Duo excels at woodworking, crafting

Duo excels at woodworking, crafting

Journal Inquirer

EAST WINDSOR, Conn. — After 10 years of crafting various wood and jewelry projects, Mike and Erica Giroux have finally hit a boom with their small business and have experienced a busy month of December.

The business is officially known as The Playful Peacock LLC, but the couple also calls themselves Giroux Woodworking, which is based out of their home on Depot Street in the Broad Brook section of town.

The two produce all kinds of woodcrafts, such as house signs, home décor, holiday ornaments, cornhole boards, and much more. On the side, Erica also produces homemade jewelry. In 2019, the couple purchased a CNC wood router, which is a computer-controlled router machine that carves and etches images into a piece of wood based on templates that are fed into a software.

Mike said although it took time to master, the CNC greatly accelerated the pace by which the business could produce a product.

“I would be out in the garage for five to six hours hand carving wooden flags, and I said to myself, ‘there has to be a quicker way,’ so I started looking up CNC wood routers and Erica let me pull the trigger on one and it’s just kind of evolved since then,” Mike said.

He continued, “I remember the first night trying to run it, she got mad, stormed off, and said, ‘This is a waste of money, you’re never going to get it to work,’ and I was up until 3 in the morning, and all I remember is we had a Westfield River brewing event and I carved a sign with a hop cone on it. A simple hop cone took me almost three days.”

Erica said when the cost of wood drastically went up earlier this year the two were thankful to have received money from the town’s E.R.A.S.E grant program, which distributed money to more than 100 small businesses and nonprofit organizations that were negatively affected by the COVID-19 pandemic.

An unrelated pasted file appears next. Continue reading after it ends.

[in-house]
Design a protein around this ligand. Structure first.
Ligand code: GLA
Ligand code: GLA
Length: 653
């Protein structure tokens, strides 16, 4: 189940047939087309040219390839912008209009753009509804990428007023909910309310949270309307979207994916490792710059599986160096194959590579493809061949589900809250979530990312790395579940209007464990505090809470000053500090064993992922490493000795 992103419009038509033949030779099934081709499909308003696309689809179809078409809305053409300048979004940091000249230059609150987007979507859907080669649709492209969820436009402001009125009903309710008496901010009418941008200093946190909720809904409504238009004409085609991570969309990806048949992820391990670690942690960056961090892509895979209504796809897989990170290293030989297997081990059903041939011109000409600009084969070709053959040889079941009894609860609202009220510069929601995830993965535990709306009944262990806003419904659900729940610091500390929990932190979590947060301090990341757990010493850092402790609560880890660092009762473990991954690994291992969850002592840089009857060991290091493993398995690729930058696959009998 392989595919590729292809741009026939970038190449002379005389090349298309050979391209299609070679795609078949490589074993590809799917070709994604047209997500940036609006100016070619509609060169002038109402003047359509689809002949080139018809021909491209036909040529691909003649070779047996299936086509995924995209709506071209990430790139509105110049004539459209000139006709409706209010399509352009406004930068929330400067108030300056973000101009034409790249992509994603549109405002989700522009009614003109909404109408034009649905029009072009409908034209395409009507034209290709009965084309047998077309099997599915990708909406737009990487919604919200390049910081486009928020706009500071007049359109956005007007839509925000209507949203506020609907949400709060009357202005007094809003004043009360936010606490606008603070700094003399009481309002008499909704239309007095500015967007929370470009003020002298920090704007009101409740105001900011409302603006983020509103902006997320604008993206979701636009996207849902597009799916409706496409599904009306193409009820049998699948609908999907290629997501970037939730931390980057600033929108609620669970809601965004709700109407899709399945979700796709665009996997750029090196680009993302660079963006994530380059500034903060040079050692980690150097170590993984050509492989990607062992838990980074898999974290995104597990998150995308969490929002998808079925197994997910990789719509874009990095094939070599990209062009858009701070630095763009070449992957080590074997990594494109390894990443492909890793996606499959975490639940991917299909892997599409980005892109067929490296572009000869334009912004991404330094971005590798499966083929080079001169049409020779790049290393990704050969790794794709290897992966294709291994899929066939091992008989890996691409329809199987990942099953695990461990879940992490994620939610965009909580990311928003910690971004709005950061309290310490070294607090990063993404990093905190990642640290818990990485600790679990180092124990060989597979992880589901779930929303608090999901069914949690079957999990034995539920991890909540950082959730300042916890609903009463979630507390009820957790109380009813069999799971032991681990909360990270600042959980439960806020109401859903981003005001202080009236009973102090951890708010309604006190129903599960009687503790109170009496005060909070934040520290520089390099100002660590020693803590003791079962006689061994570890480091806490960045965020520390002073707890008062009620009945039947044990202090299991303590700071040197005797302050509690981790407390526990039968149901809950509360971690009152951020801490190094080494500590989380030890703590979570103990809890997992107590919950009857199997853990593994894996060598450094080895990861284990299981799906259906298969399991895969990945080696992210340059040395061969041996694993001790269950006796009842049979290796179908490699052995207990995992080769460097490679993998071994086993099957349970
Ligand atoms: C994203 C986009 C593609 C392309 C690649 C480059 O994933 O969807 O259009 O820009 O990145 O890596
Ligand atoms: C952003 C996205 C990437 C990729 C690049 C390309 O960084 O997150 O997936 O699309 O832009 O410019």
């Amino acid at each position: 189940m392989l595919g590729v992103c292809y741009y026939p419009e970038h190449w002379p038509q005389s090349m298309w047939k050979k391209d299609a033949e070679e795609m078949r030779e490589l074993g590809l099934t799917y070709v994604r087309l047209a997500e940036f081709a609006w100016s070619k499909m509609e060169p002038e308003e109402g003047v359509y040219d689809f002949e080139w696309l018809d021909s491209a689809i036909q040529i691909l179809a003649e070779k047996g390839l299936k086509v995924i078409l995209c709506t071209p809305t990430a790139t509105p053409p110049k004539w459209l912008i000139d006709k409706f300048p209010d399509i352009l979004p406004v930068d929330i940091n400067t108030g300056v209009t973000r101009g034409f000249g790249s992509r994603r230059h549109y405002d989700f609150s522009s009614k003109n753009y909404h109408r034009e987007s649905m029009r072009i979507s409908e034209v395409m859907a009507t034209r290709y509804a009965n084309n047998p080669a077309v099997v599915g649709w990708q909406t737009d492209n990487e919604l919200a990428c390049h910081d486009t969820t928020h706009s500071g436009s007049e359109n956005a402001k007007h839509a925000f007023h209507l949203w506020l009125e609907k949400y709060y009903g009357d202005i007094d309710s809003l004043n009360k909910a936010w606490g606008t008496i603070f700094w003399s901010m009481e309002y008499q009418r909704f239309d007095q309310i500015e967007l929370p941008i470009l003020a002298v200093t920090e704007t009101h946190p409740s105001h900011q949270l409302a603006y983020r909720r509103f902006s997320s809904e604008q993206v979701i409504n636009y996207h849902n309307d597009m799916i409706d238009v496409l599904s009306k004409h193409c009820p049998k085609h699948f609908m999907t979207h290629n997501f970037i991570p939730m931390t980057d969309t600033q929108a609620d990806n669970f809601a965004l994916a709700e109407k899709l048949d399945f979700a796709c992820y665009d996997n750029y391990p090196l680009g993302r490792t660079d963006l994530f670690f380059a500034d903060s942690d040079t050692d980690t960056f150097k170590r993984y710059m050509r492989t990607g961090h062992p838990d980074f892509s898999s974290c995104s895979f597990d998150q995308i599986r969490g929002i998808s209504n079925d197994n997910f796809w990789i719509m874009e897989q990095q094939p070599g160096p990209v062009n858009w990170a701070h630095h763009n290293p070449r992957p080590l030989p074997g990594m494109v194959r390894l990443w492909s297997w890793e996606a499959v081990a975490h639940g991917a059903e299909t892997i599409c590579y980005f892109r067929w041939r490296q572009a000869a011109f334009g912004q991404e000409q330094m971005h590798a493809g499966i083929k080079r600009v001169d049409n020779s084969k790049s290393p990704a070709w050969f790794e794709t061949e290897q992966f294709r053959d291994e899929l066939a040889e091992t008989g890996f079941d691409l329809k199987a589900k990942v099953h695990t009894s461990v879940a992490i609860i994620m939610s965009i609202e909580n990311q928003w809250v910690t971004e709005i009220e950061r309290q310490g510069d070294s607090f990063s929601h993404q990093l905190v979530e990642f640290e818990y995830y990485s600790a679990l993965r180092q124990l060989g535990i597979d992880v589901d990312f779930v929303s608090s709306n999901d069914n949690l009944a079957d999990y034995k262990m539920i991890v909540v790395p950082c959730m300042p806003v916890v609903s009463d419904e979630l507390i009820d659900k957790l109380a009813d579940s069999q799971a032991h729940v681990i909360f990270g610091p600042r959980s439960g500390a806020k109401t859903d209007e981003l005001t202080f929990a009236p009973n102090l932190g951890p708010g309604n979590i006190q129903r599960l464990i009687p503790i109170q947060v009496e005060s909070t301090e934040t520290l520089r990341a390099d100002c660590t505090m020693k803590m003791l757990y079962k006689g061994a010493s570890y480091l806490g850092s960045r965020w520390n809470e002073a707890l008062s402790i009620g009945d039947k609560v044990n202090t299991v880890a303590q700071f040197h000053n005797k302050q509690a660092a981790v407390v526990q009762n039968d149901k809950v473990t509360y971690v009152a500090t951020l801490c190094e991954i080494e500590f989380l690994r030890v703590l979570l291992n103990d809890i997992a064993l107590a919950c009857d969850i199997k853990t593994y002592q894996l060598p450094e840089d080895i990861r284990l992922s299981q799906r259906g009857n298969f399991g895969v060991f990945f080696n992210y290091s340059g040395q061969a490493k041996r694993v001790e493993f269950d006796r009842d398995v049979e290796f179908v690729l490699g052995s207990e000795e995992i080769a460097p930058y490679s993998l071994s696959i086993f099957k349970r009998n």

“We were at the point where wood prices went sky high and we had to stop doing cornhole boards because we would have had to charge $600 per board,” Erica said. “We were sending people away, which hurts your heart because this is your business. We didn’t feel right taking people’s money and it not being fair.”

Erica said she thinks the business has been experiencing a boom over the course of the past month because more people are realizing how important small businesses are as a ripple affect of the pandemic.

“I think people are so appreciative now after COVID and there’s this attitude of ‘we’re all in this together.’ I’m seeing it right now more than ever. It feels different this year, and obviously the holidays are awesome for business too,” she said.

Erica said she and Mike work well together because she is the crafty minded one while he is more of the engineer.

“I am into designing and throwing paint everywhere, and that is just not him at all,” she said. “Mike is very precise and good at what he does and then I add the creativeness of it all.”

First Selectman Jason E. Bowsza, who stopped by earlier this year to see the couple’s operation, praised their efforts.

“I think it’s really awesome that they are turning a hobby into a passion, into a business,” he said. “They are very involved in the community and the community as a whole is receptive to supporting them.”

Author: By JOE CHAISSON

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